I cant really add to your replies above however, this may be useful for the future ( & I stress for the future when you and your child have got used to inhalers and peak flows) ..... my granddaughter has been asthmatic since tiny and had the soft little silicone mask attached to her spacer which was so helpful then. She progressed to just using her spacer with her twice daily inhalations of ventolin and beige preventer. It was explained to my daughter that the peak flow was a very useful tool to predict if something's amiss (ie a brewing chest infection or a bug) if it drops below the child's normal. Another useful tip was to wait 30 seconds before depressing the inhalers to allow the medication to drop through the propellant.

May I commend you on searching for information to understanding asthma to help your child, knowledge is the key 😃

Skzittles profile image
Skzittles in reply to peege

Thank you we have the spacer they're brilliant we are making it a bit of a game now so she's not too reluctant was,scared of the sound at first of the pump (also dental phobic) similar mask we are getting there thanks so much for help

It's great that your daughters symptoms are finally improving. You are doing the right thing doing the peak flow before her inhaler morning and evening. Try and keep the times the same as peak flow varies during the day (usually lower in morning but not always). You can also get her to do her peak flow before she needs her blue inhaler and then again about 15 minutes afterwards to see the response. Keep a note of these readings and her use of the blue inhaler & any possible triggers as well as the regular twice daily readings as they will be helpful to the nurse when she reviews her.

The asthma UK website is very useful and has videos for inhaler technique etc and also you can download an asthma care plan from there which her nurse can help you fill in. Her personal best peak flow will be her best when she's well but normal is considered 80-100% of this, if this isn't known then they can use a predicted one but she would not be expected to be at this level all the time some variation is normal. With time you will get to know what is normal for her but also remember to treat the symptoms not just the peak flow as sometimes that doesn't drop when symptoms start. The Asthma UK whatapp service is really helpful and they also have a helpline too.

It can feel like there's a lot to learn especially at the beginning but you are doing a great job. I hope your daughter continues to improve.

Skzittles profile image
Skzittles in reply to AJP2

Brilliant thank you x

I been taking monkelaust for 4 years now for the allergic part of my asthma. I very allergic to house dust mites. It definitely helped my asthma. No side effects to report.

Hi,

Peak flow is entirely personal ... and the "predicted" best is an average for the average person (and only takes into account for age,height and gender )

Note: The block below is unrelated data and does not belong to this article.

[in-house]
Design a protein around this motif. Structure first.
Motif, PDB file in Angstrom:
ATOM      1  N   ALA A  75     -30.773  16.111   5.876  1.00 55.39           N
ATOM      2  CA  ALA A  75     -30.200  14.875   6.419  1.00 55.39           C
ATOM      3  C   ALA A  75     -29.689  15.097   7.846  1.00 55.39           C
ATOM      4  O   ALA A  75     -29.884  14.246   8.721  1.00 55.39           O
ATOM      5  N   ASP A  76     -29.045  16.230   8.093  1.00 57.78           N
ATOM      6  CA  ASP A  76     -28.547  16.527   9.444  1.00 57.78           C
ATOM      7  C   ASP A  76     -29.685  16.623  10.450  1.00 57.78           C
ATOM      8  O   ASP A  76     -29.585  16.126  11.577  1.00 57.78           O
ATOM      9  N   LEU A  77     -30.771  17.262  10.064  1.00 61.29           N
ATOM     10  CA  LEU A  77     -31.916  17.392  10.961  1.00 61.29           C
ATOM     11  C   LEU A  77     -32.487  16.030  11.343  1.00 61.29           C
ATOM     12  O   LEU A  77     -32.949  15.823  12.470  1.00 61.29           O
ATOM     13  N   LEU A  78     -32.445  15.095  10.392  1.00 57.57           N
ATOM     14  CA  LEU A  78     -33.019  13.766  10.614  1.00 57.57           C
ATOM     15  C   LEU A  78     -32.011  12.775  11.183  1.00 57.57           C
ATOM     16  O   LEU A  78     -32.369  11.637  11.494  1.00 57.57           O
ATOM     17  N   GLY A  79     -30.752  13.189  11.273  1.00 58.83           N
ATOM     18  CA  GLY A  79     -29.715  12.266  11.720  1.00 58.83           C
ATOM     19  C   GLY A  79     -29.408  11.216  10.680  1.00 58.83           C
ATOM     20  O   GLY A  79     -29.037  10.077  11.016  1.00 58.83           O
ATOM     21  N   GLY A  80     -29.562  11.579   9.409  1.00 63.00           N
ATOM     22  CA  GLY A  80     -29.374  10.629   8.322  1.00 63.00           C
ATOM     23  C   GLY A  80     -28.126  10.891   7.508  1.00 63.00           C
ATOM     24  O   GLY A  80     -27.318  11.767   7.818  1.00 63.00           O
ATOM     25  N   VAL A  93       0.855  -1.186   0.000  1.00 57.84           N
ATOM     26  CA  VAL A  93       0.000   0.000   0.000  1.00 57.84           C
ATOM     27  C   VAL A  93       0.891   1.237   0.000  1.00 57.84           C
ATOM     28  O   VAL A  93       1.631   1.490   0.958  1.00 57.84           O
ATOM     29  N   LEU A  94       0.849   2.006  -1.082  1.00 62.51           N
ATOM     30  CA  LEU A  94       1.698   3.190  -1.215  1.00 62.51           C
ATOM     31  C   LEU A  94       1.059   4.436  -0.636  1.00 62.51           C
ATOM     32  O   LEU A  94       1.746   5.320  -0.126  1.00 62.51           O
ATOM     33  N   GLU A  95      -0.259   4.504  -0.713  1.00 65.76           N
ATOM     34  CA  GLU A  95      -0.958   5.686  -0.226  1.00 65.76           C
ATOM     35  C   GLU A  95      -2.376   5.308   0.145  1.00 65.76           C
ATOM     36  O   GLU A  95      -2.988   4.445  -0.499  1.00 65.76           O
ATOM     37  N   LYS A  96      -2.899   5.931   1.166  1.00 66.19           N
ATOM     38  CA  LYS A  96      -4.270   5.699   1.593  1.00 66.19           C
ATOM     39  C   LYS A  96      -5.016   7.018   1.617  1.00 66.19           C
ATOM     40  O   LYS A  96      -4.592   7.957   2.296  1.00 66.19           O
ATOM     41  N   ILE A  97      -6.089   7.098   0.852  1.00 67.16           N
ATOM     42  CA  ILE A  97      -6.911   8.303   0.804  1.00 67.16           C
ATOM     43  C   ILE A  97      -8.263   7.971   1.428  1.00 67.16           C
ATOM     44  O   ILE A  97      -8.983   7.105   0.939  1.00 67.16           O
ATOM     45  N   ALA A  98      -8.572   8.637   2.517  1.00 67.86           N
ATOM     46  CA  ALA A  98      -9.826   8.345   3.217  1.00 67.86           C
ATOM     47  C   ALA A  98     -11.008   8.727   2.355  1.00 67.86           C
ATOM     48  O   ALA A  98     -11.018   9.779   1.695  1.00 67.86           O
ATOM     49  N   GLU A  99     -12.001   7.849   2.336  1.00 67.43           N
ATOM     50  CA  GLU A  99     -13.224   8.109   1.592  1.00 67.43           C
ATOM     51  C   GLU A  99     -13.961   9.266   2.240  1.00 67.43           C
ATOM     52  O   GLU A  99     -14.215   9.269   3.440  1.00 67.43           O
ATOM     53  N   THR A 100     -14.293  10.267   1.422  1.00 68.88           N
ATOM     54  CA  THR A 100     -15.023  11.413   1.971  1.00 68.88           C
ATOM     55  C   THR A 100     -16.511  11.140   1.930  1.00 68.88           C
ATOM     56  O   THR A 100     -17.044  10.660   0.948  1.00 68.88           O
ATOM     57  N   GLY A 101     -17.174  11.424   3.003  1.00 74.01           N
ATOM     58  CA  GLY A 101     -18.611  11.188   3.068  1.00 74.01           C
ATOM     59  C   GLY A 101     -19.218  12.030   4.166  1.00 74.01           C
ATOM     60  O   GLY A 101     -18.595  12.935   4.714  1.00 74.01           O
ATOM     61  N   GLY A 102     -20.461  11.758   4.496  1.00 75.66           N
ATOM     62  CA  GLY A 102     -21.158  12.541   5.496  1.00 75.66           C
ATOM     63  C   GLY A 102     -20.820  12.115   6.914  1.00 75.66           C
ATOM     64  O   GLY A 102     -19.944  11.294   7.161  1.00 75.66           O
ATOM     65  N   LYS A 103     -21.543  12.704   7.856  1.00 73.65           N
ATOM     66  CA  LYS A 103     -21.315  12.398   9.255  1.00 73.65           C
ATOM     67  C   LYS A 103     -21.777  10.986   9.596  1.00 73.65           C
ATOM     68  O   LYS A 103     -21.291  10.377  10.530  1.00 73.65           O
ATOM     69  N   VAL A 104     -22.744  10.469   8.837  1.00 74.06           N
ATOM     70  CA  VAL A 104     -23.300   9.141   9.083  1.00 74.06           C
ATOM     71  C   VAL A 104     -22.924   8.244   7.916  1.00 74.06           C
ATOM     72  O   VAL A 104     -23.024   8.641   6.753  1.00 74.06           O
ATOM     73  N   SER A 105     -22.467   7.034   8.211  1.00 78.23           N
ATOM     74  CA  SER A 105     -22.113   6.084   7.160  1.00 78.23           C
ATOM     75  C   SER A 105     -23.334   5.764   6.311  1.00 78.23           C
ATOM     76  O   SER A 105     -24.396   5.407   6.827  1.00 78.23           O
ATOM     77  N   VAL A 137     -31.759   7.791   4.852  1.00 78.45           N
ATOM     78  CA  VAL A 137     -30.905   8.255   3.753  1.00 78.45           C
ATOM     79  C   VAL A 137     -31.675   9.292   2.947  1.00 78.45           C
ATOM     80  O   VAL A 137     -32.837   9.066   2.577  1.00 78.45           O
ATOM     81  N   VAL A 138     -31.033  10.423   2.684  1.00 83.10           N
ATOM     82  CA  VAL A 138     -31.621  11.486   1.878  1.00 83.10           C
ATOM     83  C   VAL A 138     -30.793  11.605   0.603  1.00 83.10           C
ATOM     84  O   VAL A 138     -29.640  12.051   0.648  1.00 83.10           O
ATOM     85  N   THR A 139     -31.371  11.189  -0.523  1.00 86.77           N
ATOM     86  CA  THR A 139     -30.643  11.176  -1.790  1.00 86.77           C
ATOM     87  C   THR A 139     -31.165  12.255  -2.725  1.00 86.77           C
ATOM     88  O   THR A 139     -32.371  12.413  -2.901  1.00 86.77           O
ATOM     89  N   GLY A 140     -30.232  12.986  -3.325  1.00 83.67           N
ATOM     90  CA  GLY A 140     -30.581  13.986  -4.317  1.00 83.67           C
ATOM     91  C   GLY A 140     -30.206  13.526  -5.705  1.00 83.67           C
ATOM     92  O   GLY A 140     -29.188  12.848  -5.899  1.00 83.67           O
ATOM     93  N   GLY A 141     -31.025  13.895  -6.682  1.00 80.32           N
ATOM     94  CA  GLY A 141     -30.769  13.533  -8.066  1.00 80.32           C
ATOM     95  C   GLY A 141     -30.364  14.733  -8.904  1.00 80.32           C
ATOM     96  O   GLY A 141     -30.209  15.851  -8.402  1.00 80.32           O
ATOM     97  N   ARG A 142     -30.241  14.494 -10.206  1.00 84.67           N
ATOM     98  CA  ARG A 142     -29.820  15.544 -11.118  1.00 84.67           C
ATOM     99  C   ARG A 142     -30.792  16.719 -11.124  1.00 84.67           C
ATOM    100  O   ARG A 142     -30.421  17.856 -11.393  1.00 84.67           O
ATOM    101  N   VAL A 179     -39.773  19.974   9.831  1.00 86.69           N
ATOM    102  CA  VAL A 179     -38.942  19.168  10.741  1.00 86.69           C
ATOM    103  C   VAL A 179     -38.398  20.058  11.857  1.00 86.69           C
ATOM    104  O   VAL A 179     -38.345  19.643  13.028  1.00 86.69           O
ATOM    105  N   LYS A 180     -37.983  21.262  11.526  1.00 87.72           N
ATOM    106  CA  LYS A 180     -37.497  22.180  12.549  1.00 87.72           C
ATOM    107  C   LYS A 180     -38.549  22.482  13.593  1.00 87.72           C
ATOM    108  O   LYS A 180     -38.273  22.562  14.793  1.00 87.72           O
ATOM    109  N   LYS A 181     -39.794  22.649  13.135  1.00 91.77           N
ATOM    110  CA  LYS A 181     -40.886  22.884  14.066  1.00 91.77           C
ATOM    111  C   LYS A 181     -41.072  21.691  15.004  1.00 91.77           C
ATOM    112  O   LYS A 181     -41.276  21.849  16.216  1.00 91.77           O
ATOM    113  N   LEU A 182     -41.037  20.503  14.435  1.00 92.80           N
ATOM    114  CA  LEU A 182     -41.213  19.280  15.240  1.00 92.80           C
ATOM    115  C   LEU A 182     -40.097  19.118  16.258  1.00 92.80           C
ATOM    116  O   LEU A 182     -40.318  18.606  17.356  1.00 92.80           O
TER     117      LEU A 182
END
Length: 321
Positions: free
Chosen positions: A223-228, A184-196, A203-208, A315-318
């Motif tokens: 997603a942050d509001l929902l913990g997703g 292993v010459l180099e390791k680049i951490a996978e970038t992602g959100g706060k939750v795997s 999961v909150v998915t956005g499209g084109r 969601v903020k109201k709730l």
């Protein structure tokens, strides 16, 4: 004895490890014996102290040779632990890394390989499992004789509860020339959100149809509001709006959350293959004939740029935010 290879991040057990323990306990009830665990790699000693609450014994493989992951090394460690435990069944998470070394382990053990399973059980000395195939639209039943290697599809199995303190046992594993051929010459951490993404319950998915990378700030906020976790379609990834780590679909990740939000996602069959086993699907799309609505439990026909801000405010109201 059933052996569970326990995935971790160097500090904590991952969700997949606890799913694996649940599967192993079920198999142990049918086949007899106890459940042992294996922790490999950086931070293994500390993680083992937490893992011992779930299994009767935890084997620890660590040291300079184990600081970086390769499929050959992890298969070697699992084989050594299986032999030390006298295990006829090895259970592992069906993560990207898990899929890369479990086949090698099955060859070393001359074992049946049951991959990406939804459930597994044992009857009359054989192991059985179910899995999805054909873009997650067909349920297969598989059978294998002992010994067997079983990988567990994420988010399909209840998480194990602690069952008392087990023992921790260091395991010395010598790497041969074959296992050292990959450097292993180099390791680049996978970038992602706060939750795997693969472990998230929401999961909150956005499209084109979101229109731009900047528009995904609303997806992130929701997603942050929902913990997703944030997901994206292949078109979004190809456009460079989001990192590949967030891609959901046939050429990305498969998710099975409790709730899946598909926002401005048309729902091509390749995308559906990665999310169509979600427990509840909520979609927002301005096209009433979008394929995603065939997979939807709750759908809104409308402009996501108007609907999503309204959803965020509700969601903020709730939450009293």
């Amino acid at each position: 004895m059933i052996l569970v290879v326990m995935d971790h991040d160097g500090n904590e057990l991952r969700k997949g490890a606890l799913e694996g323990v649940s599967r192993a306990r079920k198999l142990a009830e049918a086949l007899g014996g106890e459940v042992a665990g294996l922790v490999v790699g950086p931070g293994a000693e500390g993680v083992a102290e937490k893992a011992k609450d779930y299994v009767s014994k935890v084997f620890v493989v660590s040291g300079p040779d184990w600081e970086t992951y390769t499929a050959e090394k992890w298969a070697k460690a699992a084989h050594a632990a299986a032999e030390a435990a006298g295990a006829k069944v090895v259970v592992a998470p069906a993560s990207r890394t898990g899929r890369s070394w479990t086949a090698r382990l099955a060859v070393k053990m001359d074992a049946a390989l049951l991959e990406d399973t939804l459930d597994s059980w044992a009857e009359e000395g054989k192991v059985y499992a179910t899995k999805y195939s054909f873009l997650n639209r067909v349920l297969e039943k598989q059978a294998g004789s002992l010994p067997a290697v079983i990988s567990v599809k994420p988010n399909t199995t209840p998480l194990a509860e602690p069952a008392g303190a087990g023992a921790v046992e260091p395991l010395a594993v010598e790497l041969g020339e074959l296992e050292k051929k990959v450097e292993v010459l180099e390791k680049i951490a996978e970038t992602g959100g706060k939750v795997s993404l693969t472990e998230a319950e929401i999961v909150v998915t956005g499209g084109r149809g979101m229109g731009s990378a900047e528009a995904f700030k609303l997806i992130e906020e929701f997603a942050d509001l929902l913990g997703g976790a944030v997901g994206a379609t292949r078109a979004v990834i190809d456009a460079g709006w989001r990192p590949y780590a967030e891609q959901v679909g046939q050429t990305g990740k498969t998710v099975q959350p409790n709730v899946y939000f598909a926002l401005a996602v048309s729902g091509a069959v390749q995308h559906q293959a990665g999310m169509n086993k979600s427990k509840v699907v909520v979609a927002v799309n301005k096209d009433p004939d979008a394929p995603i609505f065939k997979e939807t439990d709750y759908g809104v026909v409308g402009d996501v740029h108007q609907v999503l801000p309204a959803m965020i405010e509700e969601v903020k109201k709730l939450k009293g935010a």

So I wouldn't get too hung up on peak flow yes its a good tool but it's one of many "tools" and only provides part of the picture couple the increased peak flow with an improvement in symptoms and your starting to get a picture of what's going on , can I ask Is it just blue or blue and brown inhaler you've been given?

Also I see from your results the peak flow is lower of a morning this is typical and will vary throughout the day slightly but morning and night time symptoms are typical in asthma as is a lower peak flow (everyone's will be lower of a night and morning however its how much lower they look for a percentage drop )

Also I wouldn't get hung up on predicted peak flow not everyone is "average" and at my fittest I could swim 25 meters underwater and hold my breathe while doing it for quite a considerable time ..... I never ever (even to this day) have got my "predicted peak flow" its always been quite considerably lower

But I know that my peak flow is pretty consistently between 570 and 580 (it should be 627) so if it starts to drop and or I develop a cough I know something is going on at 450 I really know there's an issue and normally can't stop coughing and feel like I've been hit in the chest with a sledge hammer .... however my sisters peak flow is 400 and thats good for her (she's a very very mild asthmatic who runs marathons and very rarely uses an Inhaler)

Chip

Skzittles profile image
Skzittles in reply to Chip_y2kuk

Thanks we have blue and brown preventer for morning and night

Chip_y2kuk profile image
Chip_y2kuk in reply to Skzittles

Ah OK the blue is salbutamol and takes 20 mins to work but only lasts up to 4 hours.... the "reliever" (it actually starts to work in 60 seconds)

The brown is a corticosteroid, beclomethasone and works to fight back inflammation this has a "cumulative" effect and can take up to 3 months to take "full effect" ... but should start to work in a few days ... also known as a preventer as they are to prevent symptoms over the long term

Hope that helps

Chip